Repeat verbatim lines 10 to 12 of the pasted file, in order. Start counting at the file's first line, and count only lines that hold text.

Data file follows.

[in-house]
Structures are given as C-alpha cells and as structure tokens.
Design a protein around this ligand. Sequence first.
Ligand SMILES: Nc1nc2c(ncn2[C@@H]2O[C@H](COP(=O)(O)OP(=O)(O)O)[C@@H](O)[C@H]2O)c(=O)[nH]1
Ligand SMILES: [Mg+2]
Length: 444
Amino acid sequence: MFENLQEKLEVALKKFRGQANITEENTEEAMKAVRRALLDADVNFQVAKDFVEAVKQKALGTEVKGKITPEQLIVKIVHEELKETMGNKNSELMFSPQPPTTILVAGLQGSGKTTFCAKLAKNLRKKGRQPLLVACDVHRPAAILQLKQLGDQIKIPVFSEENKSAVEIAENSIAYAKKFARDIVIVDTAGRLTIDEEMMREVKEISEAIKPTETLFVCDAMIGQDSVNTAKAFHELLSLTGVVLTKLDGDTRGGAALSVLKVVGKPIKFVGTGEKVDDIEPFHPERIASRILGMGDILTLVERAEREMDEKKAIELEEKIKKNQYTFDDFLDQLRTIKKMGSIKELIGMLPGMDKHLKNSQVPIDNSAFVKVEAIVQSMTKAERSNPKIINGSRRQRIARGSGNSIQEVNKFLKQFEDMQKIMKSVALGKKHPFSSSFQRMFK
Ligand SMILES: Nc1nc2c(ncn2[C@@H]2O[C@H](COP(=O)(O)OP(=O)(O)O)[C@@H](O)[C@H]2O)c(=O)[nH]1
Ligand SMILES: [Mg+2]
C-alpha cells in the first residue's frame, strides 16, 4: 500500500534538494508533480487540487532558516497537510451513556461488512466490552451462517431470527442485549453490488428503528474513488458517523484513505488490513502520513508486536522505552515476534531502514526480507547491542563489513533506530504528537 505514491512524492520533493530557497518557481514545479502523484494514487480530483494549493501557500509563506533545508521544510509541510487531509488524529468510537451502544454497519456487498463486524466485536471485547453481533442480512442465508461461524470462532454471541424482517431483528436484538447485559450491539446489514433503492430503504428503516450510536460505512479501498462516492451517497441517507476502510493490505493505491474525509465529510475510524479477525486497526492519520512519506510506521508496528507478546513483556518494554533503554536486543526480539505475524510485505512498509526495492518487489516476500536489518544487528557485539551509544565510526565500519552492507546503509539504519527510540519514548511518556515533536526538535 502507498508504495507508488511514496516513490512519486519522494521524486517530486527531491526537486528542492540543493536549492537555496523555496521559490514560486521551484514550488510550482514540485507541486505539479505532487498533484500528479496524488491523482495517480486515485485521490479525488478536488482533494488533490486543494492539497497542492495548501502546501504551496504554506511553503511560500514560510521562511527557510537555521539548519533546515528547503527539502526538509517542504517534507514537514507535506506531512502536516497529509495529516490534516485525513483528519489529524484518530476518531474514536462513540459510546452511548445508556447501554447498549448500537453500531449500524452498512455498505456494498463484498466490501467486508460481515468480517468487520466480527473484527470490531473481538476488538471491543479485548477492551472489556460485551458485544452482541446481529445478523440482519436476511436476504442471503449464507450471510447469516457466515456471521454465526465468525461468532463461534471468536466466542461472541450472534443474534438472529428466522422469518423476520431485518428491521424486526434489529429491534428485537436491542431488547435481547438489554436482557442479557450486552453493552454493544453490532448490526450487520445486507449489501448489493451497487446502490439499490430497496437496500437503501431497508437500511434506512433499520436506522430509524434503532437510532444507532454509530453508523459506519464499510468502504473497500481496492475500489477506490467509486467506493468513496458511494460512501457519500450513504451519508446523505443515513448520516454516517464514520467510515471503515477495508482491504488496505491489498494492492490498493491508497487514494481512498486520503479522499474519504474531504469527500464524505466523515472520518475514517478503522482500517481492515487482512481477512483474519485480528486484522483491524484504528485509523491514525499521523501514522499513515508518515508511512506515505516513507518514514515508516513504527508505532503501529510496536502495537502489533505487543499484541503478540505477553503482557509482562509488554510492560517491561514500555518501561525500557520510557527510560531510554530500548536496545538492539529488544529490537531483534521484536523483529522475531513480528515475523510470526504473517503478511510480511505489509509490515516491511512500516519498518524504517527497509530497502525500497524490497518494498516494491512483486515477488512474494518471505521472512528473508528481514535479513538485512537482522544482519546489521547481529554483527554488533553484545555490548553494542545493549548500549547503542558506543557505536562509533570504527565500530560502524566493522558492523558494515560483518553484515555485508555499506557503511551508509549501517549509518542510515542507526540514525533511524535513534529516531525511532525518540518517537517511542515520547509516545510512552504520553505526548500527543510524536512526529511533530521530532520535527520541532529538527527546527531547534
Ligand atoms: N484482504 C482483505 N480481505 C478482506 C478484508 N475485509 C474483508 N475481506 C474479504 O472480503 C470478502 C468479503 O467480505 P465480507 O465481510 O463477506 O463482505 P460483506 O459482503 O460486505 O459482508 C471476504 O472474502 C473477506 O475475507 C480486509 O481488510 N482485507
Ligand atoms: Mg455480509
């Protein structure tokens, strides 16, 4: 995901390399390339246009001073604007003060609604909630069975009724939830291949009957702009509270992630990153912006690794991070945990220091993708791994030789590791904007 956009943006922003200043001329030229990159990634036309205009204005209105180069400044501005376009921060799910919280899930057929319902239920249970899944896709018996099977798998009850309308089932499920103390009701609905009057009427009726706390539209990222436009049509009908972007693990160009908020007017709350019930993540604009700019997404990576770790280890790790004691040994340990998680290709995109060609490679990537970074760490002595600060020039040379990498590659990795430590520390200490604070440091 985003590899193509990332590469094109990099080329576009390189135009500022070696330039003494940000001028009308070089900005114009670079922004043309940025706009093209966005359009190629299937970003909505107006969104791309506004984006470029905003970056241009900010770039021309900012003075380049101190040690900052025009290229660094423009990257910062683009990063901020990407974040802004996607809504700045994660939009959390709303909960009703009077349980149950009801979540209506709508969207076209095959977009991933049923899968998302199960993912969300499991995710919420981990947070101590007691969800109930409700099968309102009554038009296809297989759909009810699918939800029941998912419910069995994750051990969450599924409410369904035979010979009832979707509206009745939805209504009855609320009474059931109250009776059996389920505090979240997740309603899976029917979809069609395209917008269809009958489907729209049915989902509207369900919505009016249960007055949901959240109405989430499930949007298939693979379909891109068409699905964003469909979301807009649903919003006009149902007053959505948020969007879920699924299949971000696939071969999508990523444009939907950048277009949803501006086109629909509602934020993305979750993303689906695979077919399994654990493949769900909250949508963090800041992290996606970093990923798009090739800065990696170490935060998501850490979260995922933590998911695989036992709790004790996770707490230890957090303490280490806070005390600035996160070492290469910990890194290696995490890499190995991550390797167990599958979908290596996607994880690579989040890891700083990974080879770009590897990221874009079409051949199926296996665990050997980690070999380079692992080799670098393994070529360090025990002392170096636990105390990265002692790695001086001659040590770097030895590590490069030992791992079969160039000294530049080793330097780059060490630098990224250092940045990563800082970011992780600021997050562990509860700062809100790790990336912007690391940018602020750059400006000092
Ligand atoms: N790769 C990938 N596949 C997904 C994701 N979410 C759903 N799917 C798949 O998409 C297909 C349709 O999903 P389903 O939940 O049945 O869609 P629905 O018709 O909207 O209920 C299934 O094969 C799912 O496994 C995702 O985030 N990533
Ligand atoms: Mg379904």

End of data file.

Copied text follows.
C-alpha cells in the first residue's frame, strides 16, 4: 500500500534538494508533480487540487532558516497537510451513556461488512466490552451462517431470527442485549453490488428503528474513488458517523484513505488490513502520513508486536522505552515476534531502514526480507547491542563489513533506530504528537 505514491512524492520533493530557497518557481514545479502523484494514487480530483494549493501557500509563506533545508521544510509541510487531509488524529468510537451502544454497519456487498463486524466485536471485547453481533442480512442465508461461524470462532454471541424482517431483528436484538447485559450491539446489514433503492430503504428503516450510536460505512479501498462516492451517497441517507476502510493490505493505491474525509465529510475510524479477525486497526492519520512519506510506521508496528507478546513483556518494554533503554536486543526480539505475524510485505512498509526495492518487489516476500536489518544487528557485539551509544565510526565500519552492507546503509539504519527510540519514548511518556515533536526538535 502507498508504495507508488511514496516513490512519486519522494521524486517530486527531491526537486528542492540543493536549492537555496523555496521559490514560486521551484514550488510550482514540485507541486505539479505532487498533484500528479496524488491523482495517480486515485485521490479525488478536488482533494488533490486543494492539497497542492495548501502546501504551496504554506511553503511560500514560510521562511527557510537555521539548519533546515528547503527539502526538509517542504517534507514537514507535506506531512502536516497529509495529516490534516485525513483528519489529524484518530476518531474514536462513540459510546452511548445508556447501554447498549448500537453500531449500524452498512455498505456494498463484498466490501467486508460481515468480517468487520466480527473484527470490531473481538476488538471491543479485548477492551472489556460485551458485544452482541446481529445478523440482519436476511436476504442471503449464507450471510447469516457466515456471521454465526465468525461468532463461534471468536466466542461472541450472534443474534438472529428466522422469518423476520431485518428491521424486526434489529429491534428485537436491542431488547435481547438489554436482557442479557450486552453493552454493544453490532448490526450487520445486507449489501448489493451497487446502490439499490430497496437496500437503501431497508437500511434506512433499520436506522430509524434503532437510532444507532454509530453508523459506519464499510468502504473497500481496492475500489477506490467509486467506493468513496458511494460512501457519500450513504451519508446523505443515513448520516454516517464514520467510515471503515477495508482491504488496505491489498494492492490498493491508497487514494481512498486520503479522499474519504474531504469527500464524505466523515472520518475514517478503522482500517481492515487482512481477512483474519485480528486484522483491524484504528485509523491514525499521523501514522499513515508518515508511512506515505516513507518514514515508516513504527508505532503501529510496536502495537502489533505487543499484541503478540505477553503482557509482562509488554510492560517491561514500555518501561525500557520510557527510560531510554530500548536496545538492539529488544529490537531483534521484536523483529522475531513480528515475523510470526504473517503478511510480511505489509509490515516491511512500516519498518524504517527497509530497502525500497524490497518494498516494491512483486515477488512474494518471505521472512528473508528481514535479513538485512537482522544482519546489521547481529554483527554488533553484545555490548553494542545493549548500549547503542558506543557505536562509533570504527565500530560502524566493522558492523558494515560483518553484515555485508555499506557503511551508509549501517549509518542510515542507526540514525533511524535513534529516531525511532525518540518517537517511542515520547509516545510512552504520553505526548500527543510524536512526529511533530521530532520535527520541532529538527527546527531547534
Ligand atoms: N484482504 C482483505 N480481505 C478482506 C478484508 N475485509 C474483508 N475481506 C474479504 O472480503 C470478502 C468479503 O467480505 P465480507 O465481510 O463477506 O463482505 P460483506 O459482503 O460486505 O459482508 C471476504 O472474502 C473477506 O475475507 C480486509 O481488510 N482485507
Ligand atoms: Mg455480509